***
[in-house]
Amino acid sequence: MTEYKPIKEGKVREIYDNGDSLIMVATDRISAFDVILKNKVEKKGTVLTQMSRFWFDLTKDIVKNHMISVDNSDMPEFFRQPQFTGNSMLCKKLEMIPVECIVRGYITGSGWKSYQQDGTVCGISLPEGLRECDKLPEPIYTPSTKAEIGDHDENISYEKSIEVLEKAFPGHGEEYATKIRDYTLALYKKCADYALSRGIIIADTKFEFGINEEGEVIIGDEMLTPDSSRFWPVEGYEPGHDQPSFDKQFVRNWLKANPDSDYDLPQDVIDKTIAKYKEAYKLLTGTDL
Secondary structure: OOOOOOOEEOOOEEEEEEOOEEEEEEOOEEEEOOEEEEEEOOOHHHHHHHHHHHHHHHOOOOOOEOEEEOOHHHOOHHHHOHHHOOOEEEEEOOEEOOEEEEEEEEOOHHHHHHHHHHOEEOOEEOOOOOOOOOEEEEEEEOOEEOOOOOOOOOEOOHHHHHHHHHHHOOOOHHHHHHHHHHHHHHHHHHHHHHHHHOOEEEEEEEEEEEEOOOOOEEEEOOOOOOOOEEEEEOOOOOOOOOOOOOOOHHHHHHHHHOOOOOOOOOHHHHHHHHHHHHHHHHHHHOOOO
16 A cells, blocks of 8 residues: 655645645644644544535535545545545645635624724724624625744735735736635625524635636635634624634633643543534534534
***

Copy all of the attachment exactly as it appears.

[in-house]
Amino acid sequence: MTEYKPIKEGKVREIYDNGDSLIMVATDRISAFDVILKNKVEKKGTVLTQMSRFWFDLTKDIVKNHMISVDNSDMPEFFRQPQFTGNSMLCKKLEMIPVECIVRGYITGSGWKSYQQDGTVCGISLPEGLRECDKLPEPIYTPSTKAEIGDHDENISYEKSIEVLEKAFPGHGEEYATKIRDYTLALYKKCADYALSRGIIIADTKFEFGINEEGEVIIGDEMLTPDSSRFWPVEGYEPGHDQPSFDKQFVRNWLKANPDSDYDLPQDVIDKTIAKYKEAYKLLTGTDL
Secondary structure: OOOOOOOEEOOOEEEEEEOOEEEEEEOOEEEEOOEEEEEEOOOHHHHHHHHHHHHHHHOOOOOOEOEEEOOHHHOOHHHHOHHHOOOEEEEEOOEEOOEEEEEEEEOOHHHHHHHHHHOEEOOEEOOOOOOOOOEEEEEEEOOEEOOOOOOOOOEOOHHHHHHHHHHHOOOOHHHHHHHHHHHHHHHHHHHHHHHHHOOEEEEEEEEEEEEOOOOOEEEEOOOOOOOOEEEEEOOOOOOOOOOOOOOOHHHHHHHHHOOOOOOOOOHHHHHHHHHHHHHHHHHHHOOOO
16 A cells, blocks of 8 residues: 655645645644644544535535545545545645635624724724624625744735735736635625524635636635634624634633643543534534534